Riding Out Relationship Cycles

Fashion goes in cycles. Palazzo pants, then skinny legs. Mini skirts, then below-the-knee. The economy goes in cycles, too—boom, bust and boom again. So why not relationships?

I have a friend who’s close to her brother. But sometimes she’s closer than others. There were years when they both bought each other the same books for Christmas, that’s how in sync they were. But there were years when they just didn’t have that literary ESP going, even though they were still friends. She was caught up with her toddlers and work and didn\’t have much time to read. Now that she\’s retired, she and her brother discuss the books they both love. Times change. Relationships change. It’s inevitable, yet somehow unexpected.

The trouble is, when you\’re in a low cycle with your partner, it can not only take you by surprise, but leave you disappointed. Sometimes you\’re so disappointed you\’re tempted to chuck the whole thing and find another, shiny new relationship. It’s hard to see the long view, and realize that this rough spot, too, shall pass. So hold on. Take some time to reflect that low points are a normal part of any cycle, and there are things you can do to minimize them. And maximize the good times.

Here are some issues that can be cyclical in relationships.

Emotional Distance

The Problem: It happens over time, bit by bit. Communication has not always been top notch. Misunderstandings fester. Sexual intimacy is not what it once was. Sooner or later, couples begin to feel a distance between them, and feel like roommates in the same house. Sometimes they try to make up for that by funneling all their emotion to their children, or becoming workaholics, or dinking too much, or you name it.

How to Address It: As soon as you recognize emotional distance has crept into your marriage, stop and think. You are with your partner because you love her. It is worth it to rebuild that emotional intimacy that you once enjoyed. Bolster your courage, because that’s what it takes to address this directly, to be authentic about your own feelings, and to be open with your partner. You have to realize how the two of you became distant, and have the willingness to change. Couples therapy can be especially helpful, and even individual therapy may be called for. It takes some work, but you can restore that safe, intimate life you once loved.

Trust Erosion

The Problem: There are a million ways your partner can engender mistrust in you. Maybe your partner has taken advantage of your good nature, or has not supported you in public when you needed him, or has failed to show good judgment, or has simply been inconsistent and unreliable. Of course the biggest breach of trust is an emotional or sexual affair, which can lead to irreparable harm. But short of that, there are still many trust issues that can erode a marriage, especially if they\’re repeated over time. When you can’t trust your partner, you can feel insecure and even fearful.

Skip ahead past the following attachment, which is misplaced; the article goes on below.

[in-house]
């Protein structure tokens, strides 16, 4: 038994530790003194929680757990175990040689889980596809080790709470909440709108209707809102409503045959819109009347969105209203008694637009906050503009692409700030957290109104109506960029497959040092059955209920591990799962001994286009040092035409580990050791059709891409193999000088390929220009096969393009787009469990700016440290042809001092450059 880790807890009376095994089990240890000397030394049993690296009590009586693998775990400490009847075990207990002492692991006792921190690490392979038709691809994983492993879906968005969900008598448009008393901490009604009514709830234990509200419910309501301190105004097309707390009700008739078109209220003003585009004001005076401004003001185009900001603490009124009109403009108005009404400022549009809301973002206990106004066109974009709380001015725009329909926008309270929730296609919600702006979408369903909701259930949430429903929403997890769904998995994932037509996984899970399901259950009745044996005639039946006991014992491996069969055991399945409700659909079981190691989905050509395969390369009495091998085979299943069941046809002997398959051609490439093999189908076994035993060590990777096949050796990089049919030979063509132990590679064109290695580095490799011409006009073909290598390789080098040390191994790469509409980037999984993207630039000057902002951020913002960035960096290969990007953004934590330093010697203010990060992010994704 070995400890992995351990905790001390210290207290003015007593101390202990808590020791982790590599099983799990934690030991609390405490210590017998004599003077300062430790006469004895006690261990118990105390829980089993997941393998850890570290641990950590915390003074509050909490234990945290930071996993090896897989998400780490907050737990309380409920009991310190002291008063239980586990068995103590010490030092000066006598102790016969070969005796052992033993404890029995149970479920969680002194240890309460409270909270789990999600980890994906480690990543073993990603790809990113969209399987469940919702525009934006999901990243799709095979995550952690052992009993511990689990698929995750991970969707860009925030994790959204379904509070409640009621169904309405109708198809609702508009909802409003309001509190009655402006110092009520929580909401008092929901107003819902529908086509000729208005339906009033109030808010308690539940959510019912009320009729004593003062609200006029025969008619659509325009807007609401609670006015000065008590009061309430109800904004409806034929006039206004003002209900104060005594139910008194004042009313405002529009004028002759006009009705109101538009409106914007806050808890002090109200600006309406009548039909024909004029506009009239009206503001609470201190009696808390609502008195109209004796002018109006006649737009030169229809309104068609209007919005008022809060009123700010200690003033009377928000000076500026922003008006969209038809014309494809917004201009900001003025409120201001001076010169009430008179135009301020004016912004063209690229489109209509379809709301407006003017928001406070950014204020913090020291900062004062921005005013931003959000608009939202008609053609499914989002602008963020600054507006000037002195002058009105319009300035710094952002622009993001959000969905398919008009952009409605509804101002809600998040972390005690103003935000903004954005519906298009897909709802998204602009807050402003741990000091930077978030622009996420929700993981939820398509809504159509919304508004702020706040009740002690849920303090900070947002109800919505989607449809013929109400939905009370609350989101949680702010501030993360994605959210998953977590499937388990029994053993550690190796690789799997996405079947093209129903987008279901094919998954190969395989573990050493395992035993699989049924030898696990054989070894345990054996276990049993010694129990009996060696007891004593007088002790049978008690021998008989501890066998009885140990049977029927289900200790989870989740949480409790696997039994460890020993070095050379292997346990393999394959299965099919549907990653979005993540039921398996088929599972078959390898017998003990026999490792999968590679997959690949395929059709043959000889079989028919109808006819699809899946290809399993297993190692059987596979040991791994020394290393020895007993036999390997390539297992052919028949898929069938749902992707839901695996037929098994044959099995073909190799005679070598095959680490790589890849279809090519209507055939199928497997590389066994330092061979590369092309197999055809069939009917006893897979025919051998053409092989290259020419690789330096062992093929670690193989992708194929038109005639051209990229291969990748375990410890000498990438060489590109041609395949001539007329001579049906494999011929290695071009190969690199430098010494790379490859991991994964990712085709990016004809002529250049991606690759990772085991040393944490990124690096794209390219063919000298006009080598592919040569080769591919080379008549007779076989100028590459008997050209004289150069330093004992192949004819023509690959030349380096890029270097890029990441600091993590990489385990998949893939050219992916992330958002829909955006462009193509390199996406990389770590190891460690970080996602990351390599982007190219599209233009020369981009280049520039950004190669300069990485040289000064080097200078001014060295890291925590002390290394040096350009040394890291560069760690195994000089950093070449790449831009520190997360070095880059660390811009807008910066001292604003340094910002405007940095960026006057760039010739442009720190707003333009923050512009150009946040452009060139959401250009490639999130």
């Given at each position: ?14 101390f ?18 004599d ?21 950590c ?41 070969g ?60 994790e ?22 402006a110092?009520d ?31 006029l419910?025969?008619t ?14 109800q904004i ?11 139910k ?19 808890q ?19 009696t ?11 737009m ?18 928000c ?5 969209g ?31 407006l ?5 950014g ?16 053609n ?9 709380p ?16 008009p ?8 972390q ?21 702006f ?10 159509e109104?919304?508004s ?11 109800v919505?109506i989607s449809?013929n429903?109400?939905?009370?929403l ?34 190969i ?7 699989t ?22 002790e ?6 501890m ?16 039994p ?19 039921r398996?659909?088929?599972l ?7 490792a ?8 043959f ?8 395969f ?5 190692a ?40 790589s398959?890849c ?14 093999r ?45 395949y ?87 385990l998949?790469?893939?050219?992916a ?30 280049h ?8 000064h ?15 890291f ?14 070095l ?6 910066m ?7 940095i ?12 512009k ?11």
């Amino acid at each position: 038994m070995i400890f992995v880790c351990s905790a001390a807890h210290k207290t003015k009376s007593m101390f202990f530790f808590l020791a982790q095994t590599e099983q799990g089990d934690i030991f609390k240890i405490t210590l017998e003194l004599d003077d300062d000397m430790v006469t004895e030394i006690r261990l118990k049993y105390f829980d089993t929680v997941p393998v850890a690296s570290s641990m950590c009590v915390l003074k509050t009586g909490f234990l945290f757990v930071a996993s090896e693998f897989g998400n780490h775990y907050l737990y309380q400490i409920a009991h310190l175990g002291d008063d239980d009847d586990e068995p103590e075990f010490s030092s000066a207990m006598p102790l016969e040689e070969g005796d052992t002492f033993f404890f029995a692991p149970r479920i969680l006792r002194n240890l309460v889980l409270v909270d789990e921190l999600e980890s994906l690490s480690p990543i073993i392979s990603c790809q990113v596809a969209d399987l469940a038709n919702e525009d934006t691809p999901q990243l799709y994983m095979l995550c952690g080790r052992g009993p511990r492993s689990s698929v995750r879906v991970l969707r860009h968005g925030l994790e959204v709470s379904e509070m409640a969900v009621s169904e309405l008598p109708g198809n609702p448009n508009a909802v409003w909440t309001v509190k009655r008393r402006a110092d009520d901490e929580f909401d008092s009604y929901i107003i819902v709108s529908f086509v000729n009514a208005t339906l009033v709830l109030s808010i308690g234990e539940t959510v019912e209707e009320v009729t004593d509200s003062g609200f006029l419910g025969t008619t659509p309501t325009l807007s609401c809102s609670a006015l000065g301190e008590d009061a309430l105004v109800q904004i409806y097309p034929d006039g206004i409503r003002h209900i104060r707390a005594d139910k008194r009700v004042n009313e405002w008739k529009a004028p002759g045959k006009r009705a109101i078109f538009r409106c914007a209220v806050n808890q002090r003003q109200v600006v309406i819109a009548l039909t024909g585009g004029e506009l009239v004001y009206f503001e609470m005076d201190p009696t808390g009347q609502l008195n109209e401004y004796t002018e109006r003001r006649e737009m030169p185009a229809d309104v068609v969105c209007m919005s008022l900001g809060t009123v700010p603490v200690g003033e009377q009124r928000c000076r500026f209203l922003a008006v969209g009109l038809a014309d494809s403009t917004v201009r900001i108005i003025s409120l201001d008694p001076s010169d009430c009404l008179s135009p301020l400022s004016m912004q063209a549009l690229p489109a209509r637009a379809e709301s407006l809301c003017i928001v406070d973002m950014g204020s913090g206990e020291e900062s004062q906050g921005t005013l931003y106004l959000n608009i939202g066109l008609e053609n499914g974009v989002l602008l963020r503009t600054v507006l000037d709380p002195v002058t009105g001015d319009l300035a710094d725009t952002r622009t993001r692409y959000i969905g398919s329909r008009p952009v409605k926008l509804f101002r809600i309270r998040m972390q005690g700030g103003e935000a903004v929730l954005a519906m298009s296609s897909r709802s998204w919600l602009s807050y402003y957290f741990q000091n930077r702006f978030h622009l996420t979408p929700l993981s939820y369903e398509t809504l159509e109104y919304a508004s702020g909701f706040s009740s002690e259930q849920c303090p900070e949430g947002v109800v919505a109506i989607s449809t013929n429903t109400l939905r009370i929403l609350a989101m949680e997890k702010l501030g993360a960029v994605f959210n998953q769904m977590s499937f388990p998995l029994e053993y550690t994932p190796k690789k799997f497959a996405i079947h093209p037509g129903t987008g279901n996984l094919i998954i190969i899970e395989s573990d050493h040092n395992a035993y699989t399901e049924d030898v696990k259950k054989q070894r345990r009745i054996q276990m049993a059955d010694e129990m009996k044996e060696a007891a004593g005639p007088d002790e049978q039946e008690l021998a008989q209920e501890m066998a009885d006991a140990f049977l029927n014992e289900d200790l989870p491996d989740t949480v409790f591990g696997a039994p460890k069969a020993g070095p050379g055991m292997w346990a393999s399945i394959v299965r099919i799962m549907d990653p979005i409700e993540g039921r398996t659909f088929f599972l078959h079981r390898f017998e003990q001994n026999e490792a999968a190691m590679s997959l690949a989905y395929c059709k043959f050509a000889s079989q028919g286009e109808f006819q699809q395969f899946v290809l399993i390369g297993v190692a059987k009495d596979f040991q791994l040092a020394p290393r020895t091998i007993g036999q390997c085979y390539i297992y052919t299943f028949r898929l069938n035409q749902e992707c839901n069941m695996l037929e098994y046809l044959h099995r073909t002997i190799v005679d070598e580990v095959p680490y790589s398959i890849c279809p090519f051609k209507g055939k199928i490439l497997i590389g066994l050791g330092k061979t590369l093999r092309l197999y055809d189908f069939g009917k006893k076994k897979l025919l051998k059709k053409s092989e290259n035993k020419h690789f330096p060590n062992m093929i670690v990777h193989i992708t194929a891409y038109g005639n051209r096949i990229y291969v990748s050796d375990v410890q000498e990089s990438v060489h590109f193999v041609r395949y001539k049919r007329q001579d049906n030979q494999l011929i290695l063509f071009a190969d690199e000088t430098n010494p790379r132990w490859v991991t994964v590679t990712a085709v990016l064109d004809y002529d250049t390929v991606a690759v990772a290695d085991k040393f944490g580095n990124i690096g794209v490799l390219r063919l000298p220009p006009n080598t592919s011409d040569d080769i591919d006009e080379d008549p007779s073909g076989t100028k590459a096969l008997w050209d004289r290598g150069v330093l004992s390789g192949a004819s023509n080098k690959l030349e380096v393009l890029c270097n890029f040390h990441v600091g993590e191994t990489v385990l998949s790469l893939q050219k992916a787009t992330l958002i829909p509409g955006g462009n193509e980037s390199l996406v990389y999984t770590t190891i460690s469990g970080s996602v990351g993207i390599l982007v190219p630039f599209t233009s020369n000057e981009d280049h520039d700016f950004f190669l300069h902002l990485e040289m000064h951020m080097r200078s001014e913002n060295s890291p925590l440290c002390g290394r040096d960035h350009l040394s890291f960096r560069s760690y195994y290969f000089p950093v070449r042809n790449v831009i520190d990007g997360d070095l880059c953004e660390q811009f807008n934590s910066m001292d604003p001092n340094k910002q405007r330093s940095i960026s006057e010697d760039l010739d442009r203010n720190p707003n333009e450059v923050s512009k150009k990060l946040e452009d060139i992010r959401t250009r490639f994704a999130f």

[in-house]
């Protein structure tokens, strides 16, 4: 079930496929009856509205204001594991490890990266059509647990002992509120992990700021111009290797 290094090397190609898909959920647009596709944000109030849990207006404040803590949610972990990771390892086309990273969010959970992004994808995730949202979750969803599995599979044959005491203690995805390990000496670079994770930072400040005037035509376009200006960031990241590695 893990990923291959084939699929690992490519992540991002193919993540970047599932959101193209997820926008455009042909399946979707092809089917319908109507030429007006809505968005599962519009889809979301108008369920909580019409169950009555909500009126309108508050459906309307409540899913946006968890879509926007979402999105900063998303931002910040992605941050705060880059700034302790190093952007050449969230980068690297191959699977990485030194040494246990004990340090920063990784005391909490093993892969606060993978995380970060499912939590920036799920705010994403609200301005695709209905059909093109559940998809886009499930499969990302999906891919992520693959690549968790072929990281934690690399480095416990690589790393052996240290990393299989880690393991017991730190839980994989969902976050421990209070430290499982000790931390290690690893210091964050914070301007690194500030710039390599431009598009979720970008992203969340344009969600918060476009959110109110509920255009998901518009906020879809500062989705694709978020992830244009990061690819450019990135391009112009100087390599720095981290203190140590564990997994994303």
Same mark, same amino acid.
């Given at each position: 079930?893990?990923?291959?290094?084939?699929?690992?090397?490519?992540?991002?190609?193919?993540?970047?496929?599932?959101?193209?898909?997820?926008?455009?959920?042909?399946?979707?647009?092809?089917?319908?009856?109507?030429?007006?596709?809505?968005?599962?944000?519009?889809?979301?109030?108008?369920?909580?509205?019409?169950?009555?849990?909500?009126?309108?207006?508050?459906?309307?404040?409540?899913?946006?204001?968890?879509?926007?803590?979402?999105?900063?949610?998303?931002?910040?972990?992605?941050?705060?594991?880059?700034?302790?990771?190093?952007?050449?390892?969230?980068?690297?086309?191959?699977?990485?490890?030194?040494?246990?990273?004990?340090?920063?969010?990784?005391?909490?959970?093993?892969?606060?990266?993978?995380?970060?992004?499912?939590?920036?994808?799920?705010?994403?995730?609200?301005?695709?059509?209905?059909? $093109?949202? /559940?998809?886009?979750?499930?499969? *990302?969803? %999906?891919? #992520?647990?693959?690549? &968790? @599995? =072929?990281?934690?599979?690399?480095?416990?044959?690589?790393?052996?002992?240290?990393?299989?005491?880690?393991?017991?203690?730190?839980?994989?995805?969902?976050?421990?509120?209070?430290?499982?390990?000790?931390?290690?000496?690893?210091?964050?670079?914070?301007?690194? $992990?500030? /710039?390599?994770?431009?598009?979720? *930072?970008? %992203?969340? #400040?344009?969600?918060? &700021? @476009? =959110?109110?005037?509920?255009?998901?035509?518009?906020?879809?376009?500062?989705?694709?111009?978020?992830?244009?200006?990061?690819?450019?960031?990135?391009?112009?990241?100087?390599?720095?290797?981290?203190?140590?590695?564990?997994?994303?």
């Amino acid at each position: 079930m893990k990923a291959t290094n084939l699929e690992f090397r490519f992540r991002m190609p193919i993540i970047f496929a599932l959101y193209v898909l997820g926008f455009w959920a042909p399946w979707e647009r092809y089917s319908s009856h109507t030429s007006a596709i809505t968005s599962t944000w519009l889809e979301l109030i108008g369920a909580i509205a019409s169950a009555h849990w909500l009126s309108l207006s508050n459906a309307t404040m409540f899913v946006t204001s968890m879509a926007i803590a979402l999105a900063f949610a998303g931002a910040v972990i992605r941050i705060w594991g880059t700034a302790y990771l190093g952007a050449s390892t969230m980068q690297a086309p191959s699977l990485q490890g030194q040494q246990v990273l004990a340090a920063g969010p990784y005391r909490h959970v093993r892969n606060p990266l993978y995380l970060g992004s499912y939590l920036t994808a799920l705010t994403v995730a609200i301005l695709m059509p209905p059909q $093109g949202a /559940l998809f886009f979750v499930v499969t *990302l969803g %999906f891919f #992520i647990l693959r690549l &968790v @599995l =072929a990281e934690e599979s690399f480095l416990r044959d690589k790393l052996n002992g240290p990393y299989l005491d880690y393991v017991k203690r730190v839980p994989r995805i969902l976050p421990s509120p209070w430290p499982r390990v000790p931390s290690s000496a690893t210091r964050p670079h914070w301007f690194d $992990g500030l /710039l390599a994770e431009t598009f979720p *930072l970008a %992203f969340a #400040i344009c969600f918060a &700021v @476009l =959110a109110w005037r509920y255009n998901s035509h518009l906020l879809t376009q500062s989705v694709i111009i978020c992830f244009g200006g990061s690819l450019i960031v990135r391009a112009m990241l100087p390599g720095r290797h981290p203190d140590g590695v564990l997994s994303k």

How to Address It: It’s hard to regain trust once you\’ve lost it. It takes patience and understanding. First, be sure that your lack of trust is due to your partner’s behavior and not to your own issues. But if there are specific things your partner has done to make you mistrust him, you must talk about it openly and without accusation or rancor. Couples therapists can be helpful in creating an atmosphere that will foster good results. Remember your goal is not to blame your partner. You are trying to regain your trust to get you and your partner out of your low point in the cycle.

Lack of Respect

The Problem: There was a time when you respected your partner or you wouldn’t have gotten together. Perhaps you overlooked his flaws in the first place. Or maybe your standards got stricter and he remained the same. As time goes on, you expect more from your partner than he is able to deliver. Or he could have done something to earn your disrespect. Whatever the cause, disrespect is toxic to a marriage and needs to be mended.

How to Address It: When you love someone, you need to understand why he is the way he is. You need to support him and buoy his self-esteem. You need to be a partner to him in his personal growth. Talk about issues that erode your respect for him. A couples therapist can be helpful in navigating these difficult waters. And remember to focus more on your partner’s strengths than his weaknesses. That alone may be enough to bring you out of the low part of this cycle.

Nancy Travers is an Orange County Counseling professional.  If you need safe, effective counseling services, please get in touch.  You can reach her here: http://www.nancyscounselingcorner.com/contact-us.

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